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Old 10-19-2012, 06:14 PM   #1
tconnation
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Default Secondary - temps

I've just racked my NB Caribou Slobber Ale into a secondary and was just wondering if you guys tend to use different temperatures for secondary fermentation.

Primary temp was @ ~65F

I'm going to brew a batch of Midwest Copper Ale tonight and would like to store both in the same room. Is it normal to store primary fermentors with secondaries?

Apperciate your responses as always!

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Old 10-19-2012, 06:32 PM   #2
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My primary and secondaries are all in the same place. Only reason I can think to change temperature on the secondary is if you wanted to cold crash it for a day or so at the end to drop sediment.

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Old 10-19-2012, 06:36 PM   #3
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The only time I fluctuate temperatures during fermentation are during the first 3-4 days and then cold crashing.

The first few days of active primary fermentation can heat the fermenting wort a good 10 degrees higher than the ambient temperature. After that has passed ill finish fermentation at what's called for in the yeast description. Then after a few weeks I crash it to 40 for a week to clarify.

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Old 10-19-2012, 06:38 PM   #4
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I keep my beer in an ambient temp of about ten degrees lower than the bottom end of the yeast's range in the beginning, and i slowly raise the temp up as fermentation progresses. I try to end near the middle/high end of the yeast temp range so that they are more active. Then i cold crash.

so you can keep the secondary a little warmer than the primary without worrying about off flavors (unless of course the secondary has more fermentables in it, then keep it cool)

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Old 10-19-2012, 06:38 PM   #5
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If you lower the temperature after fermentation is completed you will get a cleaner beer. It's lagering an ale. Most of the time I don't do that, but I will cold crash it a couple days before bottling to clear it up a little.

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Old 10-19-2012, 06:49 PM   #6
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Someone correct me on this if I am wrong, but:


I live in Texas, so I have high ambient temps (85 in my apt during the day right now to keep my electric bill down). I have a ferment fridge that only really fits one fermenter. Given those two things, I like to be able to take a beer out of temp control after a certain point. I have noticed a world of difference after switching to temp controlled primary, but I find that after fermentation is mostly done (2 weeks or so, around the time I'm brewing my next batch), I don't pick up any off flavors by taking the beer out of temp control. I let the yeast clean up at ambient temps and seem to be doing ok with that.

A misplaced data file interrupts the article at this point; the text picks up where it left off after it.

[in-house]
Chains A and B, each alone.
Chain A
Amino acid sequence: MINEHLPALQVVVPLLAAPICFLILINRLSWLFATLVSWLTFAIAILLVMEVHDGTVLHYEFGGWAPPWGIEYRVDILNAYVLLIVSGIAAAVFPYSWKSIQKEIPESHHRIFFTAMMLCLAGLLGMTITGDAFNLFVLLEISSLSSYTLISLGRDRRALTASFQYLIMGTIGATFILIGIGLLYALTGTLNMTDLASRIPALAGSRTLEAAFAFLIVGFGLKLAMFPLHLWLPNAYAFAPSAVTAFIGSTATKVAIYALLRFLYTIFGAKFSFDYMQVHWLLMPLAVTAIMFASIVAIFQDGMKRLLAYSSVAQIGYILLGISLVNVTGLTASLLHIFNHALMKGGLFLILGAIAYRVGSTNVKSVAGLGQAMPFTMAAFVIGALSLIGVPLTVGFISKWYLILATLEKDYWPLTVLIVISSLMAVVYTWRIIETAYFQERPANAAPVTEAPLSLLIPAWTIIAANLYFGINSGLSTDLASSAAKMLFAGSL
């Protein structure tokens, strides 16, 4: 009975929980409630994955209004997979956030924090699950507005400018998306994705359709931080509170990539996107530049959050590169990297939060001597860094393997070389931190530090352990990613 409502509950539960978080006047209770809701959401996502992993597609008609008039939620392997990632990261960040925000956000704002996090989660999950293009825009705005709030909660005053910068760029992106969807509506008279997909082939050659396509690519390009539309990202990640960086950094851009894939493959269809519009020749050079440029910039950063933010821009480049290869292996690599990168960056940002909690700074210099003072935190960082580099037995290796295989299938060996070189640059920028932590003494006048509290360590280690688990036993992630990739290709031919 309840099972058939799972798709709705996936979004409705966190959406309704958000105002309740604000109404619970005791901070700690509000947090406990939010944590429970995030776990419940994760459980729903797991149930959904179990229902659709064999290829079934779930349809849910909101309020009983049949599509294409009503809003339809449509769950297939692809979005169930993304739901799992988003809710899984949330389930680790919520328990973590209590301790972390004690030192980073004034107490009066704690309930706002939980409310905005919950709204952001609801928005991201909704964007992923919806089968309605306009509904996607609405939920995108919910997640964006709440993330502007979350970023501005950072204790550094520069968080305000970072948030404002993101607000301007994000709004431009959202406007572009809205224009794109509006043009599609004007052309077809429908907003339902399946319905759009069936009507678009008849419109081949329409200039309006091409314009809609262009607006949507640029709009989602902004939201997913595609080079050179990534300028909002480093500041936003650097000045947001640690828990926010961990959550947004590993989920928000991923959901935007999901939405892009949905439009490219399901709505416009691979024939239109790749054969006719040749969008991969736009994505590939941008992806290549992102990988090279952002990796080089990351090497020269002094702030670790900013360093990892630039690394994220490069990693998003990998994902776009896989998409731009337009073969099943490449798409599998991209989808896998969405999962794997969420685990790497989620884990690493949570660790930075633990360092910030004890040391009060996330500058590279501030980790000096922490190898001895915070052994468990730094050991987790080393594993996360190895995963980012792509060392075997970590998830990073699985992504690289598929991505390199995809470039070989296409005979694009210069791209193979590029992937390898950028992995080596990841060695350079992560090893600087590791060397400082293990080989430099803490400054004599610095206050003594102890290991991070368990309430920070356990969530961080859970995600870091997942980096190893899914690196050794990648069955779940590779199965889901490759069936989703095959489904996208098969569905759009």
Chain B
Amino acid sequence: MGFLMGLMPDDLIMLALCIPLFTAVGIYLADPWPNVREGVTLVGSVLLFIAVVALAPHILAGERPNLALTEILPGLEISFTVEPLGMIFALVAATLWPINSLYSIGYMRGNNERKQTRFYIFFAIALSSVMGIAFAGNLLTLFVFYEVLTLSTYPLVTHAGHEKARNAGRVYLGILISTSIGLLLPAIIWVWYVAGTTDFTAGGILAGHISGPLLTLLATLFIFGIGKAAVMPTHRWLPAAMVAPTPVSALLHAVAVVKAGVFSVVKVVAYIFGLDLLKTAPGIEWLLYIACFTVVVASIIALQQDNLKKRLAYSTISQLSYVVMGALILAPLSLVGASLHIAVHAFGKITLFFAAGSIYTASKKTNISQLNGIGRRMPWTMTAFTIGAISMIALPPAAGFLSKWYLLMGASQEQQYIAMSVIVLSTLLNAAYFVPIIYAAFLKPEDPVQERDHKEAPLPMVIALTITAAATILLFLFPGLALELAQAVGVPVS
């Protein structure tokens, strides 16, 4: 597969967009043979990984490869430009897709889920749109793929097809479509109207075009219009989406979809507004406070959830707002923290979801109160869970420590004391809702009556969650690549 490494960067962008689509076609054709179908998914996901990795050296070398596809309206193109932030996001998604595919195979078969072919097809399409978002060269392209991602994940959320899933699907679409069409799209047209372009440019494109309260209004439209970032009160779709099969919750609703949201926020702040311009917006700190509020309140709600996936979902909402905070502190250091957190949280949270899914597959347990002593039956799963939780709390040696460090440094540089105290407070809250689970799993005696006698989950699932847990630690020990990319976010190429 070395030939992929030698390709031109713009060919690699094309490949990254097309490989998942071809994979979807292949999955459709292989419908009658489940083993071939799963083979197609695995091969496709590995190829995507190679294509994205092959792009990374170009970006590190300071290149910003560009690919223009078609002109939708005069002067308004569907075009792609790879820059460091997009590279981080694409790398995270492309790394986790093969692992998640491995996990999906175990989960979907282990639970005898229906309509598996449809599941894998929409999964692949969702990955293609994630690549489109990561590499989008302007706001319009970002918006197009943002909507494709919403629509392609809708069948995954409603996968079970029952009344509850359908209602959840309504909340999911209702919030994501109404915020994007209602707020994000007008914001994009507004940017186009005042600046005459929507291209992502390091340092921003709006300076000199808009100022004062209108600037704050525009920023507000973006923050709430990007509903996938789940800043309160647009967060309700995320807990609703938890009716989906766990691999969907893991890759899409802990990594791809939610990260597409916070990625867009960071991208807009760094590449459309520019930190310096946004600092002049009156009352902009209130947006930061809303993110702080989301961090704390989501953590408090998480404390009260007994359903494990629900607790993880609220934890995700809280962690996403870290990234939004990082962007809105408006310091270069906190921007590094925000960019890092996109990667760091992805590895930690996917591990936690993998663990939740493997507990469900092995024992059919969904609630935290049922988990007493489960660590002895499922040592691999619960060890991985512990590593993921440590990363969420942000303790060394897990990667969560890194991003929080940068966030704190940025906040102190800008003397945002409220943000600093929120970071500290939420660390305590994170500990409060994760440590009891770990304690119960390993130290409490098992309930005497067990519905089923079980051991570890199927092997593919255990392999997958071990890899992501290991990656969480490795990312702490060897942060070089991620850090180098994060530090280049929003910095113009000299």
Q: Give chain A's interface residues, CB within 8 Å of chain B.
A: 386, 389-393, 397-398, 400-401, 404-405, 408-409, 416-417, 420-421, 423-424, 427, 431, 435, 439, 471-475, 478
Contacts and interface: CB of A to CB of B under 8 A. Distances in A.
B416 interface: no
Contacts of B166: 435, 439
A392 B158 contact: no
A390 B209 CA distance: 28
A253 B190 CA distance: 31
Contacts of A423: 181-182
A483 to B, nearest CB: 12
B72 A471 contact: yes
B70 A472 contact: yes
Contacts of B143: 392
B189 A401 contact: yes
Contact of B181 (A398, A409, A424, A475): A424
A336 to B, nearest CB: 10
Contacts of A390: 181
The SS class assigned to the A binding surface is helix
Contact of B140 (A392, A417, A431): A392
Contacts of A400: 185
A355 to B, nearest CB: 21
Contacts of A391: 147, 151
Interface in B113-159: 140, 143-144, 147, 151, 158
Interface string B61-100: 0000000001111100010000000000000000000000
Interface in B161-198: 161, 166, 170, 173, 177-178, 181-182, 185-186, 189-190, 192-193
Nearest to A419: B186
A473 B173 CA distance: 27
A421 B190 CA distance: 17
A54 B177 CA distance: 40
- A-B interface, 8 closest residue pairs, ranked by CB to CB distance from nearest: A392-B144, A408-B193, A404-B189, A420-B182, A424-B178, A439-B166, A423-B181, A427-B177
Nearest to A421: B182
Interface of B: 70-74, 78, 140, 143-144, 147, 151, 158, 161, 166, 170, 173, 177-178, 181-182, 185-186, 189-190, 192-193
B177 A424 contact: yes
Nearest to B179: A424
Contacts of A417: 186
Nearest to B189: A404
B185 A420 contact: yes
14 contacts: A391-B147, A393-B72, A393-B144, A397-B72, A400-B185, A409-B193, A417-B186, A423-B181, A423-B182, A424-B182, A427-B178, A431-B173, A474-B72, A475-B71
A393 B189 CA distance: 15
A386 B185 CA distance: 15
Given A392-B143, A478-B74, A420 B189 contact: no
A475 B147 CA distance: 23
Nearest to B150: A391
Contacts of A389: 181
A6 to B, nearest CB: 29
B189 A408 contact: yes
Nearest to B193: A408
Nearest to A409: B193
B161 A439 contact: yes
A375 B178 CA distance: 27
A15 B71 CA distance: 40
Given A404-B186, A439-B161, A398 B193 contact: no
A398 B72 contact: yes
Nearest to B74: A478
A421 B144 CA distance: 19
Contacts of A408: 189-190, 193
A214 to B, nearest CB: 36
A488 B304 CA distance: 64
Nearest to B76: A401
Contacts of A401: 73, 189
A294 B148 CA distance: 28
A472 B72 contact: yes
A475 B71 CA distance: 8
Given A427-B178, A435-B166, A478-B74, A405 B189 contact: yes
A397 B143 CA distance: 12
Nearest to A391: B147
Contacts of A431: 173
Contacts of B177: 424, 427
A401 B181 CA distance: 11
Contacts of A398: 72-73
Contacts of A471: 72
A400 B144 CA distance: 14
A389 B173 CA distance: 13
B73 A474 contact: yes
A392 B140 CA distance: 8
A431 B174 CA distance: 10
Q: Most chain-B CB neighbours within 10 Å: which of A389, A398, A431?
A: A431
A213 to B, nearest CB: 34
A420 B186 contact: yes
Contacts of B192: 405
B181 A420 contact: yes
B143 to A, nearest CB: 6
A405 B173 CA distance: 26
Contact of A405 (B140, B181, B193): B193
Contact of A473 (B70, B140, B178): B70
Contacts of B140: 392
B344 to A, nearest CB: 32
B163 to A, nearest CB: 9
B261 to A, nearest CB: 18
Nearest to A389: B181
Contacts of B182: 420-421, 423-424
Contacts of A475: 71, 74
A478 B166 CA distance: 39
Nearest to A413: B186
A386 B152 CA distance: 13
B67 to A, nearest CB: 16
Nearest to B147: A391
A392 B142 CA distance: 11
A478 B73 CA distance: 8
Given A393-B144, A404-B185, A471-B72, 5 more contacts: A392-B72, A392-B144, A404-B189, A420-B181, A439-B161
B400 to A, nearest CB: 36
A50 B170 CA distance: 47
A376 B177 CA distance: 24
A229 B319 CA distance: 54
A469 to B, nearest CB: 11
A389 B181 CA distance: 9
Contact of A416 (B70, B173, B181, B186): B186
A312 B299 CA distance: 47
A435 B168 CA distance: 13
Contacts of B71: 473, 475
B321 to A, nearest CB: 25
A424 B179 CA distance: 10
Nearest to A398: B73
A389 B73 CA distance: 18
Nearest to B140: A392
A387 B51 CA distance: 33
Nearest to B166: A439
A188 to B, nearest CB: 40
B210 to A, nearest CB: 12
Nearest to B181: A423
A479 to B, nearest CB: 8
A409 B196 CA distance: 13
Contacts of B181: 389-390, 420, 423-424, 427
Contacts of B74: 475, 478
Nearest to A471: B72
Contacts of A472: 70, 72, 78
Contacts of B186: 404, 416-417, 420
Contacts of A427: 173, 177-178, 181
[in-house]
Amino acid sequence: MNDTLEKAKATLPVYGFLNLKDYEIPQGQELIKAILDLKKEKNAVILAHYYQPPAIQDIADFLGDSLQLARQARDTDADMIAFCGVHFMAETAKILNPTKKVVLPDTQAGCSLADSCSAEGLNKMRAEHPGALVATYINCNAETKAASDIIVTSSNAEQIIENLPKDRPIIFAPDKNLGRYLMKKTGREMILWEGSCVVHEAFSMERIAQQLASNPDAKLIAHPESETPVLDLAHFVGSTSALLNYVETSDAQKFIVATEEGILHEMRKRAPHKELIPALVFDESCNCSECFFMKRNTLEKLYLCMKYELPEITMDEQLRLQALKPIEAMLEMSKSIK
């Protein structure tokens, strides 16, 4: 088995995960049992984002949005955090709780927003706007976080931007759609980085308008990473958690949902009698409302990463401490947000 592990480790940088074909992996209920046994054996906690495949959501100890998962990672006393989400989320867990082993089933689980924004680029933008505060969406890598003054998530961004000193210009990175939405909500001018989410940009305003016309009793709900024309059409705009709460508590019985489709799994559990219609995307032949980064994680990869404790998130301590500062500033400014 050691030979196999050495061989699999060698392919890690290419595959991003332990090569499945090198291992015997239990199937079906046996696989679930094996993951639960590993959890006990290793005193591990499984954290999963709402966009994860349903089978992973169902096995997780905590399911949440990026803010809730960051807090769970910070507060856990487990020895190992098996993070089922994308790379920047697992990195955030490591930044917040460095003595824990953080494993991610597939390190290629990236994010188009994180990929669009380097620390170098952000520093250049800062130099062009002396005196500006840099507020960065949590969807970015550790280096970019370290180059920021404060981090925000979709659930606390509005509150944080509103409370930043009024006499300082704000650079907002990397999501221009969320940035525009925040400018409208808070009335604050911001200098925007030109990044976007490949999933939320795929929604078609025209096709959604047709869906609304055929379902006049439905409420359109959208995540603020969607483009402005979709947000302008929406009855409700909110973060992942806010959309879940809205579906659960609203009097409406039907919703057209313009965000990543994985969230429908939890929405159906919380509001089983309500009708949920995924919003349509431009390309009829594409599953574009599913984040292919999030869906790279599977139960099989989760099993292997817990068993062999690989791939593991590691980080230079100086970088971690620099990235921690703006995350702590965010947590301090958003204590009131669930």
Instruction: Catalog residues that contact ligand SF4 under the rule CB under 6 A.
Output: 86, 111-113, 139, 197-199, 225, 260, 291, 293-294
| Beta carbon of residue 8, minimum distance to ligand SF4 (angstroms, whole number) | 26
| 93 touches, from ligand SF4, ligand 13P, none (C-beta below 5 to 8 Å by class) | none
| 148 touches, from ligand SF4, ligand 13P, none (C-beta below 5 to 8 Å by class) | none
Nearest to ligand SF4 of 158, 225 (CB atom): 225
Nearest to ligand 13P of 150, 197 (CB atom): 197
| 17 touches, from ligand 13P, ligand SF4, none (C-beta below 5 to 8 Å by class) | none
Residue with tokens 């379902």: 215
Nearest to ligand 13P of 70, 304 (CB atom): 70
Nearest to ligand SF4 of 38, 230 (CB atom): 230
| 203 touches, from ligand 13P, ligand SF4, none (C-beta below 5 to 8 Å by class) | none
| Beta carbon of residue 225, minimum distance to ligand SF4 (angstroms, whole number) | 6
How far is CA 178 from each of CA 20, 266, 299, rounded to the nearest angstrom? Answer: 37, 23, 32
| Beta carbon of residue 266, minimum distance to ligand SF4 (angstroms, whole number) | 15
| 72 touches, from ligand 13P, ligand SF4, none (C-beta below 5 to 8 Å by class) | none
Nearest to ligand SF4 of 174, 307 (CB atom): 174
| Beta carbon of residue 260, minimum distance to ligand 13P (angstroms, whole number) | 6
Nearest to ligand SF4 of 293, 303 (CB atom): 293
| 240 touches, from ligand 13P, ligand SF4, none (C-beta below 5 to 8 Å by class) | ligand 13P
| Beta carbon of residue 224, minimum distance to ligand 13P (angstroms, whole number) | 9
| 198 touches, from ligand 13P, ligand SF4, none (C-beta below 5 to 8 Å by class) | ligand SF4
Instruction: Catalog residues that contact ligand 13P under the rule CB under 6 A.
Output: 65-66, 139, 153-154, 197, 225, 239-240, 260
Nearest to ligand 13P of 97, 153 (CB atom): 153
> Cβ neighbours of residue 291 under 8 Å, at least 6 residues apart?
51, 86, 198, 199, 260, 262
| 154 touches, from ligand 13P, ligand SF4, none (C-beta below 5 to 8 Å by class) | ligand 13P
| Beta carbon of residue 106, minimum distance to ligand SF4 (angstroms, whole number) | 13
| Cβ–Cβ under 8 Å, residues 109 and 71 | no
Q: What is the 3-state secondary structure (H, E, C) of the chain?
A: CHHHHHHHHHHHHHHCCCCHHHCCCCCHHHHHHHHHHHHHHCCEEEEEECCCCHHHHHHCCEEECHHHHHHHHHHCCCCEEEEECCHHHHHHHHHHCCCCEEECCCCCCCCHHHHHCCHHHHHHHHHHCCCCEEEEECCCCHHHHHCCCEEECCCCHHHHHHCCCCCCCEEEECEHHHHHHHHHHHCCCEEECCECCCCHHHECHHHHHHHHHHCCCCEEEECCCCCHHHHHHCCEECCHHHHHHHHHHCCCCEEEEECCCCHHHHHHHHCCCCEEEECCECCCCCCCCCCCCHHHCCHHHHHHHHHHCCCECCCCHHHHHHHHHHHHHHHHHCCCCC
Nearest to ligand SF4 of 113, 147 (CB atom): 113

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Old 10-19-2012, 07:07 PM   #7
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Although in most cases there is no reason to have different secondary temps. From what I have read, the off flavors are produced in the first few days of fermentation. In my case, I have to pay more attention to keeping the fermentation at the lower 65 or 66F than the houses 70 to 72F. Once I get into a secondary, or just past the first two weeks of fermentation, I am more lax on maintaining the lower temp.

I have also read that when making lagers you can allow the temp up to about 70 or so toward the later days of sitting in the fermenter, as an "acetyl rest" which, in essence, lowers acetyl concentrations. After a few days of this, the temp is brought back down.

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Old 10-19-2012, 07:12 PM   #8
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Quote:
Originally Posted by DrVertebrae View Post
I have also read that when making lagers you can allow the temp up to about 70 or so toward the later days of sitting in the fermenter, as an "acetyl rest" which, in essence, lowers acetyl concentrations. After a few days of this, the temp is brought back down.
You can even do this with ales. Lots of brewers will allow their beer to sit at higher temps after initial fermentation, allowing the yeast to clean up their by-products.
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Old 10-19-2012, 07:14 PM   #9
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I was unaware of that. For the ale, up to what temp and how long? I have a big Barley Wine ready to bottle but I might like to do something like that since its so big and probably more prone to off flavors.

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Old 10-19-2012, 07:22 PM   #10
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You can ramp it up by a few degrees above your initial fermentation temps, as long as you're still in the optimal range for the yeast. For example, if I ferment in the mid 60s, I may let the secondary sit at 70-72 while I'm dry hopping. Seems to work fine, and I feel better avoiding any problems with diacetyl.

Sometimes, yeast need a good kick in the pants to achieve their best attenuation, and the higher temps will get you there, especially for some strains like Belgian Saison.

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